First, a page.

Next January, the United States will swear in a new president. As is the case with all presidents, he will have the opportunity to have an important impact upon policy in many areas. And although the topic has not received much attention, there is one area in which he will have a virtually blank slate to develop policy: international trade.

When Bill Clinton took office in 1993, he spent most of his first term completing and selling the Congress on two international trade negotiations begun by the Bush administration: the Uruguay Round multilateral negotiation and the North American Free Trade Agreement.Similarly, the Bush administration inherited at least the concept of those agreements from the Reagan administration.

For better or worse, the next president will inherit little in the way of ongoing negotiations.

After the recent breakdown of talks in Seattle, multilateral negotiations through the World Trade Organization seem to be locked at a standstill. Little momentum has been established for additional free-trade talks either with Latin America or Asia. Barring unforeseen developments, the talks on China's WTO accession will be over.

The conventional wisdom is that presidential candidates are unlikely to do much to fill in that blank slate during the campaign for at least two reasons.

First, the leading major party candidates all seem to agree generally on the merits of free trade and trade agreements. Second, as Seattle demonstrated, trade is not a political winner. In fact, opposition to free trade seems fairly widespread.

The next president, however, will have the opportunity to write on this blank slate and initiate an international trade policy agenda that could last for decades. Even if they do not mention the subject during the campaign, the next president and his advisers are certain to create an agenda.

Among the options and issues they will have to consider are:

* Whether to stand pat. The United States has undertaken many historic trade agreements in recent years. With due respect to those who argue that momentum toward free trade must be maintained, a strong argument can be made that the United States and the world need time to assess the progress made in recent years through the WTO and Nafta.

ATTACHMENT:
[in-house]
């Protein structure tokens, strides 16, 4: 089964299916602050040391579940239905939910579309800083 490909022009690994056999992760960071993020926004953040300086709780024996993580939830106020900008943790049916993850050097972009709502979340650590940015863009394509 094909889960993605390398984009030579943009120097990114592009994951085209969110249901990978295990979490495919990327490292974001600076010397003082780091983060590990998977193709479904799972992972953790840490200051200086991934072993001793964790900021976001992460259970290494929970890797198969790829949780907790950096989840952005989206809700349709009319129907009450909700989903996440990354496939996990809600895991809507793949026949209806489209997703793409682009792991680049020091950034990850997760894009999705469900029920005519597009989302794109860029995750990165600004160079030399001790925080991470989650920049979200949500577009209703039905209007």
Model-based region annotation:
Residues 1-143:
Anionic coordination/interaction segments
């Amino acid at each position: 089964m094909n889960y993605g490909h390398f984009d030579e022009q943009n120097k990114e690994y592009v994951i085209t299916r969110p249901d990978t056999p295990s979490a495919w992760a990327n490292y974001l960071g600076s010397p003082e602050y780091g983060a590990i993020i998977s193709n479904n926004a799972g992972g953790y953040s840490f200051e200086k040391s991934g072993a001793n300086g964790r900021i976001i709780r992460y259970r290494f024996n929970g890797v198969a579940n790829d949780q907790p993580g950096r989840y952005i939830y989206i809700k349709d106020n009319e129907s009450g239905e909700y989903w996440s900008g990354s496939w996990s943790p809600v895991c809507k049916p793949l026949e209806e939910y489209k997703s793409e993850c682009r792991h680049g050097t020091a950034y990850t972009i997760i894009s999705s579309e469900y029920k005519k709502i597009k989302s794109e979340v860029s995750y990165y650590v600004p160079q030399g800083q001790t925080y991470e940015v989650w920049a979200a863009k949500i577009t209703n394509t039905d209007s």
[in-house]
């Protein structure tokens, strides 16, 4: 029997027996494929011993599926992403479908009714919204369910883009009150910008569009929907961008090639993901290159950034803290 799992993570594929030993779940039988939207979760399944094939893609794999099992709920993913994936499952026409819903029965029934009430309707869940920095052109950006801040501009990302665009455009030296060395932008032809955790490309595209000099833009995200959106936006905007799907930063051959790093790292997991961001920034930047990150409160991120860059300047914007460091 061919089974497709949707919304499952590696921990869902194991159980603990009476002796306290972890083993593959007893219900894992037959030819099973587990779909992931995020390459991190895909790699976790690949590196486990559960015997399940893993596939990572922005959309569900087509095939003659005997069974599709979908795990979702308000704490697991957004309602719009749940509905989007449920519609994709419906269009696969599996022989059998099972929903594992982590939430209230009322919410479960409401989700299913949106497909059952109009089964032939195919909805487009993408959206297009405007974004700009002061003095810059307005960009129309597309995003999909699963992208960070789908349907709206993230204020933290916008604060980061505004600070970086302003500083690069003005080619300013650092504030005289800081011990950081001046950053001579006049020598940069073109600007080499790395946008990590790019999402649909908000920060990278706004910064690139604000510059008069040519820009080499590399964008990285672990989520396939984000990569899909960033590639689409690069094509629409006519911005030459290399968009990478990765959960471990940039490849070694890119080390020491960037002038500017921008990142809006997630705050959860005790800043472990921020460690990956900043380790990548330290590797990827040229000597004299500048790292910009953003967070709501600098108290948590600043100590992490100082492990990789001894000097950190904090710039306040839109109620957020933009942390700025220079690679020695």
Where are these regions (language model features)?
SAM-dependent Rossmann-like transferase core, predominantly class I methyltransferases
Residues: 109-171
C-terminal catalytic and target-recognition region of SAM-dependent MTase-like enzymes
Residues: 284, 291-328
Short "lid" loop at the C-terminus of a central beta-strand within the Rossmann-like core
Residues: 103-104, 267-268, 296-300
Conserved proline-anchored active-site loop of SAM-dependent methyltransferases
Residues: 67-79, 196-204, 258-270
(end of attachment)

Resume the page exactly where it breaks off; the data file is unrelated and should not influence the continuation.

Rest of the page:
In the current political environment, simply enforcing existing agreements and implementing existing U.S. laws is a perfectly respectable position, even for a president committed to free trade.

* Whether to focus on the WTO. The next president can also go back to the World Trade Organization to try to jump-start talks. Depending upon the new president's beliefs, he could focus upon new progress on agriculture and services; endorse a new market-opening agenda, such as a global antitrust agreement; or try to make real progress on integrating labor and environmental concerns into the global trading system - a task that some president must ultimately confront.

* Whether to push for new free-trade areas. President Clinton has tried to start talks with Latin America on a free-trade area, but Congress has declined to provide negotiating authority for a new agreement. APEC could grow into a similar process with Asia.

Beyond that there are other ideas that may have both economic and geopolitical appeal. The concept of a trans-Atlantic free-trade area has sparked substantial interest in some circles, including organized labor. New free-trade areas with like-minded countries at a similar level of development, such as Australia and New Zealand, have also been suggested.

* Russia. What to do about Russia is an issue the next president is certain to be forced to face.

Now that China appears on the verge of WTO membership, Russia will likely clamor for the same treatment. WTO membership for Russia is likely to become a central issue of U.S.-Russian relations, just as China's WTO membership has come to dominate U.S.-China relations.

The potential carrot of WTO membership may be tied into issues ranging from nuclear disarmament to Chechnya.

Of course, there is also the distinct possibility that a candidate like Patrick Buchanan may inject trade directly into the campaign discussion, forcing a detailed discussion of the issue.

But even if that does not occur, campaigns have had an important impact upon U.S. trade policy in many ways. For example, President Reagan introduced the concept of a U.S.-Canada free-trade agreement, which eventually led to Nafta, as a live issue during his campaign.

If candidates are not inclined to volunteer their agenda as President Reagan did, voters and interest groups may still be well-advised to ask.

In all likelihood, the next president will write his own trade policy upon a blank slate, and that agenda is likely to have a powerful impact on American trade policy and the American economy.